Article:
Transarmament is another useful term which can be defined as “the gradual transition from one type of defence – armed and nuclear – to another type of defence – popular and nonviolent.” (*9) ‘Nonviolent resistance’ can be used in the context of invasion and occupation but it can be applied to any nonviolent action against injustice and oppression.

In Mohandas Gandhi’s categorisation of resistance to violence and injustice, there were three broad categories; passivity or cowardice, violence, and nonviolence. He went so far as to say “where there is only a choice between cowardice and violence, I would advise violence” but qualified that by saying “I believe that nonviolence is infinitely superior to violence…” (*10) and a sign of strength and certainly not weakness. While the term ‘passive resistance’ has been used for nonviolent resistance (Gandhi’s ‘satyagraha’ = ‘truth force’ is a strong contrast) it is very misleading as the concept is anything but ‘passive’ – it is active, engaged and challenging; the term ‘passive resistance’ is therefore best avoided.

Parameters and historical experiences of nonviolent civilian and social defence

It is clear that in Russian occupied parts of Ukraine currently, Ukrainians have still been able, in very difficult circumstances, to assert their right to independence and, while not to get Russian troops out of the country, to get them out of the immediate environs of their town or village. (*11) The allegation that nonviolent action is impossible in difficult and repressive circumstances is simply not true as Basil Liddell Hart wrote in relation to interrogation of German generals following the Second World War: “Their evidence also showed the effectiveness of non-violent resistance as practised in Denmark, Holland and Norway – and, to some extent, in France and Belgium. Even clearer was their inability to cope with it. They were experts in violence, and had been trained to deal with opponents who used that method. But other forms of resistance baffled them – and all the more as the methods were subtle and concealed.” (*12)

The second volume of Gene Sharp’s landmark publication “The Politics of Nonviolent Action” (*13) on “The Methods of Nonviolent Action” largely consists of historical examples of nonviolent action fitting his 198 “Methods of nonviolent protest and persuasion”. Some speak of incredibly brave and imaginative actions in very difficult circumstances. But others are of more mundane examples – even letter writing or petitions – which can take on much greater significance than normal because of the context. In relation to Russian control of Eastern Europe, once control had been ceded at the Yalta allies conference, there was no chance of the successful military overthrow of such control; nonviolent resistance, however, in Czechoslovakia in 1968, in Poland subsequently, and eventually in the successful overthrow of control by the USSR from 1989 during glasnost, was the best method people could use with the highest chance of success.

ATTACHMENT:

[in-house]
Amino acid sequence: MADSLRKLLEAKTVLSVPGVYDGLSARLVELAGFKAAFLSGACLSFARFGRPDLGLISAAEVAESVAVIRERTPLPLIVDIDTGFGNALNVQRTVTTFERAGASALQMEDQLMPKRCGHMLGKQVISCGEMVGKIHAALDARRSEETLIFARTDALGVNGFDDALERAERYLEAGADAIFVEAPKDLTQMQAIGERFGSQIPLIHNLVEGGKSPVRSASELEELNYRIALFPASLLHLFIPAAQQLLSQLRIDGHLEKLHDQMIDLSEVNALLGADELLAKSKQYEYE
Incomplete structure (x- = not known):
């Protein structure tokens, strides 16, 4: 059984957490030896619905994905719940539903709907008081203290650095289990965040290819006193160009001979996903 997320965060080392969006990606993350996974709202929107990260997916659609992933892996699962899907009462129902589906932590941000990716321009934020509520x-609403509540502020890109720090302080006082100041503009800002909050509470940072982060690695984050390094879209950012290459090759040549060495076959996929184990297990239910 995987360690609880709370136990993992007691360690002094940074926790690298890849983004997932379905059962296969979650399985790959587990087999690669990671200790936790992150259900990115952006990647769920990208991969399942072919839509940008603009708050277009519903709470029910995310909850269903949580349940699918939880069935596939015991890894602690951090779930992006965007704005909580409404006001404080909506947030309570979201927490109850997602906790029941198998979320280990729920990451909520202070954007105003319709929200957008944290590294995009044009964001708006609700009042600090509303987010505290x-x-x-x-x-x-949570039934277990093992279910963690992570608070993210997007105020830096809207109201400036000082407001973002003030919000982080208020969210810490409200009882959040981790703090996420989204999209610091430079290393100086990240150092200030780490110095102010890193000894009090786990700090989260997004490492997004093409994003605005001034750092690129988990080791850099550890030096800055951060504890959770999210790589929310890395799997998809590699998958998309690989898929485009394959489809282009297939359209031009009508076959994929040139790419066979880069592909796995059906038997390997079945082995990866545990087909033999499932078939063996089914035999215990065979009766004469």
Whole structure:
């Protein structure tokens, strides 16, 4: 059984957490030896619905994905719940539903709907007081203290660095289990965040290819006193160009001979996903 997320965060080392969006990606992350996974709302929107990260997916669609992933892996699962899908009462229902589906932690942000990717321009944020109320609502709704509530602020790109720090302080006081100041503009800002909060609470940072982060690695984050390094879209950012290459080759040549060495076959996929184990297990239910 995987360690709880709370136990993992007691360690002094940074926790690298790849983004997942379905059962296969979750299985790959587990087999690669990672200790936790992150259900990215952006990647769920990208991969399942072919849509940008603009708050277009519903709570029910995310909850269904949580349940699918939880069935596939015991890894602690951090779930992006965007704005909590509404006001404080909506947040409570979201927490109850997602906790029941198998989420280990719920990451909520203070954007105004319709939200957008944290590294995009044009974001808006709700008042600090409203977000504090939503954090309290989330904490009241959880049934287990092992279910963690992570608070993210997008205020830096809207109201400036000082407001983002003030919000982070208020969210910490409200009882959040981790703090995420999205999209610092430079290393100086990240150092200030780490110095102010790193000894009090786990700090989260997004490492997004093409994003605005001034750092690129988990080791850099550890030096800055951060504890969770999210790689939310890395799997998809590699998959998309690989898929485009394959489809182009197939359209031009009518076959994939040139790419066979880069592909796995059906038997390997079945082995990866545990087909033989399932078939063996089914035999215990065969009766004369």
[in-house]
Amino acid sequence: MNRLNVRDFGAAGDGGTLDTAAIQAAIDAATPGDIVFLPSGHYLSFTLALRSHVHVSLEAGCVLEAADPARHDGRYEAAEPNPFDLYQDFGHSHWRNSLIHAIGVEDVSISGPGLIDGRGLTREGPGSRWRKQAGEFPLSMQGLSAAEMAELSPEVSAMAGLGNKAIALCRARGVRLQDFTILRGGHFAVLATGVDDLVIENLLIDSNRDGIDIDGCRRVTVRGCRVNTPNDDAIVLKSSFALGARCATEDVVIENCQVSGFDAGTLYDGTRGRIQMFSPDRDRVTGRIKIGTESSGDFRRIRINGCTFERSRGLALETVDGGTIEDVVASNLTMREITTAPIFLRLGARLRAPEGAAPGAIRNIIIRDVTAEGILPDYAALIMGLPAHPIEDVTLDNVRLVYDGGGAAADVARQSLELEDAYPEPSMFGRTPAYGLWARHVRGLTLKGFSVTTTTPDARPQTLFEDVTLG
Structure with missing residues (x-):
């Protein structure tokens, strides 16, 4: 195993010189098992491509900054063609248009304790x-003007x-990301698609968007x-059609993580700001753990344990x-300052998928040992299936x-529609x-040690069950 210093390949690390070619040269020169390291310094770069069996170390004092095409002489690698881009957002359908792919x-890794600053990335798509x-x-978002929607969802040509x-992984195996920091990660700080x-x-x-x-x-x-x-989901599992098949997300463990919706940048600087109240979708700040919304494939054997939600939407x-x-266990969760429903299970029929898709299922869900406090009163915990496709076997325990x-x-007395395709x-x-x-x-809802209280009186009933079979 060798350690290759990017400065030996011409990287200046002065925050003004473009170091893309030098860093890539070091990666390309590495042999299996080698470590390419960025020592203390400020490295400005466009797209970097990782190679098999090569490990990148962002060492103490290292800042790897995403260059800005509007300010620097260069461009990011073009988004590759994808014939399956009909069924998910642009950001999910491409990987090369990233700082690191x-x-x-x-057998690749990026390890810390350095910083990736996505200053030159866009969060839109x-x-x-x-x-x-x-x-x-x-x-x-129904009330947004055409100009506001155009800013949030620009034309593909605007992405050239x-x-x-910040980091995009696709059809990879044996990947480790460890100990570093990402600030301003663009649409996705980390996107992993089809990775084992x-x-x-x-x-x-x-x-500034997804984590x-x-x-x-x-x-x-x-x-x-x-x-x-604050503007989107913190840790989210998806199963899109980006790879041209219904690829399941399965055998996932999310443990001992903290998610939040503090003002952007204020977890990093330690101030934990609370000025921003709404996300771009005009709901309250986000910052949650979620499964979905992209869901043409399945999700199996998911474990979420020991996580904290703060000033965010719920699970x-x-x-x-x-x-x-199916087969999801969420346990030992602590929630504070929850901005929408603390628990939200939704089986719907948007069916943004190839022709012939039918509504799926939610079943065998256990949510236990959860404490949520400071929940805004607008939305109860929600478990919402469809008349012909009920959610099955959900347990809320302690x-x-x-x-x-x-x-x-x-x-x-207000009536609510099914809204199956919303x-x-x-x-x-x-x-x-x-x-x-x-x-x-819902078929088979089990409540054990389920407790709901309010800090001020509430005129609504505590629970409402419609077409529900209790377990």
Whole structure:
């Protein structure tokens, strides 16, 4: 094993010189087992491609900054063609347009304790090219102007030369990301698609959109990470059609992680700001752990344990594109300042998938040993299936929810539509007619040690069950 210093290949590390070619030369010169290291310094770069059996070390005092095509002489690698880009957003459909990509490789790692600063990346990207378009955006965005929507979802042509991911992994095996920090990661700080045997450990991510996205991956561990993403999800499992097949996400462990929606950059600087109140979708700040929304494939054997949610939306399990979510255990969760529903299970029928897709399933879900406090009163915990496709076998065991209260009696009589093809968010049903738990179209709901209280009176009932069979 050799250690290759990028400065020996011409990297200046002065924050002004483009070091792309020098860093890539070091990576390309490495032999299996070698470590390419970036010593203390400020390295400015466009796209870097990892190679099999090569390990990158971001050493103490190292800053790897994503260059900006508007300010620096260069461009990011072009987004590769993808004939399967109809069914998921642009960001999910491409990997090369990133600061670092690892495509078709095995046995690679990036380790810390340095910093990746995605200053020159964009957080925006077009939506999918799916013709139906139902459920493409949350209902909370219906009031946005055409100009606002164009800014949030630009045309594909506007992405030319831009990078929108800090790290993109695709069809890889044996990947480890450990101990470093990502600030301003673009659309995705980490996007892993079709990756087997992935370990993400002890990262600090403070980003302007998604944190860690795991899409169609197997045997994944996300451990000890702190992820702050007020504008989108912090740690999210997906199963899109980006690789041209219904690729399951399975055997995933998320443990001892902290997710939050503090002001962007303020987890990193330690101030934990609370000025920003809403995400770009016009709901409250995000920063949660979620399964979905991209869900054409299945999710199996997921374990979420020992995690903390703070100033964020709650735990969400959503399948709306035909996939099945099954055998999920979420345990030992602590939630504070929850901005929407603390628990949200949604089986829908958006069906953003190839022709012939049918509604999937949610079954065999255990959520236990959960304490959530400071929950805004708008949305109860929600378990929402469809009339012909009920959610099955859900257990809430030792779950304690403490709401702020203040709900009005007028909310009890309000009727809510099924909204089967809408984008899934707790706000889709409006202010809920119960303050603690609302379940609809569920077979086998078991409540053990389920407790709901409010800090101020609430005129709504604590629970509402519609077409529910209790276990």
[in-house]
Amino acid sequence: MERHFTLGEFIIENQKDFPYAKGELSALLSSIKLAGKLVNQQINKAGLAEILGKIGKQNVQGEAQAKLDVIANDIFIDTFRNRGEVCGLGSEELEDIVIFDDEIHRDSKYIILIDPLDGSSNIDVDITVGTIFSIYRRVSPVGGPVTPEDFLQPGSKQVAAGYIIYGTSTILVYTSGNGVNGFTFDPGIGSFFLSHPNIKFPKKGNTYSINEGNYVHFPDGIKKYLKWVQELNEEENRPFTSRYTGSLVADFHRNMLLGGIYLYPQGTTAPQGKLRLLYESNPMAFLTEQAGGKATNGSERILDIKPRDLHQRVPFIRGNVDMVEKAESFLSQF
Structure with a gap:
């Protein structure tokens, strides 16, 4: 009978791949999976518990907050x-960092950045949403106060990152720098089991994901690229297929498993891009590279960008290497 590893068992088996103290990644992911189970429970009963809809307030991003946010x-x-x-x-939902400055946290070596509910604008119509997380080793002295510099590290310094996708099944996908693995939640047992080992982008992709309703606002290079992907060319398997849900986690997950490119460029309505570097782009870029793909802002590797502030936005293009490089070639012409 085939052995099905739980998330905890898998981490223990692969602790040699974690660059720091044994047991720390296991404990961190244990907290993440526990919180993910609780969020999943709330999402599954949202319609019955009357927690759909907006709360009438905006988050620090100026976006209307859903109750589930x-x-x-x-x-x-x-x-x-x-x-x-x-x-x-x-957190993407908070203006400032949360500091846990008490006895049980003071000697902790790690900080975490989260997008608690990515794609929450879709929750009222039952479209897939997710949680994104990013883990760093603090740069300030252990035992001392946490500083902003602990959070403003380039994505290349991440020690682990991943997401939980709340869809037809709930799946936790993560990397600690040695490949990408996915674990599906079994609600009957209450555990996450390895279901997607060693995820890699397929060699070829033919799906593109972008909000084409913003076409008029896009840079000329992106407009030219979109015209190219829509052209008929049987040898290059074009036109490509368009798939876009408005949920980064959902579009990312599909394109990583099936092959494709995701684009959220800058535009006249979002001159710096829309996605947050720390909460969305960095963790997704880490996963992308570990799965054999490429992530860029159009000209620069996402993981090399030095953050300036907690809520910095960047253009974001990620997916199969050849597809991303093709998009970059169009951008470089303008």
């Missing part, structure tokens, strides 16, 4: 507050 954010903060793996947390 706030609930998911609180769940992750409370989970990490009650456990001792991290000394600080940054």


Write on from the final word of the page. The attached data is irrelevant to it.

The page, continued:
Some people thought that Russian control of Eastern Europe was a permanent feature of geopolitical life; it wasn’t and was overthrown by largely nonviolent action and organisation. Some people thought that the apartheid system in South Africa could only be overthrown by violence; it wasn’t and it was largely nonviolent action and organisation, at home and abroad, which made the transformation to democratic rule.

In Johansen and Martin’s book on social defence they conclude in relation to one of their historical examples, Czechoslovakia resisting a Russian invasion in 1968 when Russia was trying to keep control of this part of their eastern European empire, that “(1) remaining nonviolent is crucial; (2) resistance organised by the people is stronger than resistance directed by the government;(3) fraternisation is a powerful technique; (4) resilient communication systems providing accurate information are vital: (5) maintaining unity of the resistance is vital: (6) leaders need to understand the dynamics of nonviolent resistance.” (* 14)

There is of course the possibility of combining military and civil resistance, but there are dangers in this such and Johansen and Martin make the point “remaining nonviolent is crucial”. One of the dangers in combining the two is that civil resistance “often depends on a reluctance by the authorities to resort to wholesale repression, a reluctance that may itself spring from an uncertainty about the effect on the morale of their troops and security forces of being ordered to attack civilians. But these inhibitions and constraints can quickly break down where there is the constant danger of ambushes, assassinations, bomb attacks and so on, and above all where the distinction between combatant and non-combatant begins to disappear” (*15)

A nonviolent response also facilitates fraternisation as a positive policy to influence invaders. In Czechoslovakia in 1968 some Russian troops had to be withdrawn, and replaced by far-eastern USSR troops who were not Russian speakers, so successful had citizen interactions with soldiers been in persuading them that they were not liberators but oppressors. And in the context of the Cold war the well known British Christian minister and peace activist Donald Soper said “Russians who appear to be impervious to threats and the Cold War may well be susceptible and responsive to friendliness and the warm heart” (*16)